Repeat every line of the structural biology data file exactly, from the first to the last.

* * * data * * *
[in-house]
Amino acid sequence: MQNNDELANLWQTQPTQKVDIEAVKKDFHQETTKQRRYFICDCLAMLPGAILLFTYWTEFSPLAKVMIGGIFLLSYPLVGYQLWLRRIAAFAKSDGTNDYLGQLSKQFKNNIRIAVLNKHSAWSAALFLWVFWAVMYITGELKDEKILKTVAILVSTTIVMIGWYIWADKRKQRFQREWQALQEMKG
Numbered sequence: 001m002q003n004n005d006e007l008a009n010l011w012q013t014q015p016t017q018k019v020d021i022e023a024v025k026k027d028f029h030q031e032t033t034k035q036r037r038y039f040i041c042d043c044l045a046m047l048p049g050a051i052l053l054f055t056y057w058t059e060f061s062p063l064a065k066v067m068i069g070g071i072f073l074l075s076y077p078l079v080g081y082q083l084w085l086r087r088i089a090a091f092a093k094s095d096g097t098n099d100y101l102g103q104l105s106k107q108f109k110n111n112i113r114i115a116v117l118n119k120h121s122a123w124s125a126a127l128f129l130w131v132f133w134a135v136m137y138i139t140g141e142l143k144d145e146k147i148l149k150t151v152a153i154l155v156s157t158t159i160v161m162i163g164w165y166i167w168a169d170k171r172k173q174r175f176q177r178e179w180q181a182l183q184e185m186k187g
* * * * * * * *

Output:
[in-house]
Amino acid sequence: MQNNDELANLWQTQPTQKVDIEAVKKDFHQETTKQRRYFICDCLAMLPGAILLFTYWTEFSPLAKVMIGGIFLLSYPLVGYQLWLRRIAAFAKSDGTNDYLGQLSKQFKNNIRIAVLNKHSAWSAALFLWVFWAVMYITGELKDEKILKTVAILVSTTIVMIGWYIWADKRKQRFQREWQALQEMKG
Numbered sequence: 001m002q003n004n005d006e007l008a009n010l011w012q013t014q015p016t017q018k019v020d021i022e023a024v025k026k027d028f029h030q031e032t033t034k035q036r037r038y039f040i041c042d043c044l045a046m047l048p049g050a051i052l053l054f055t056y057w058t059e060f061s062p063l064a065k066v067m068i069g070g071i072f073l074l075s076y077p078l079v080g081y082q083l084w085l086r087r088i089a090a091f092a093k094s095d096g097t098n099d100y101l102g103q104l105s106k107q108f109k110n111n112i113r114i115a116v117l118n119k120h121s122a123w124s125a126a127l128f129l130w131v132f133w134a135v136m137y138i139t140g141e142l143k144d145e146k147i148l149k150t151v152a153i154l155v156s157t158t159i160v161m162i163g164w165y166i167w168a169d170k171r172k173q174r175f176q177r178e179w180q181a182l183q184e185m186k187g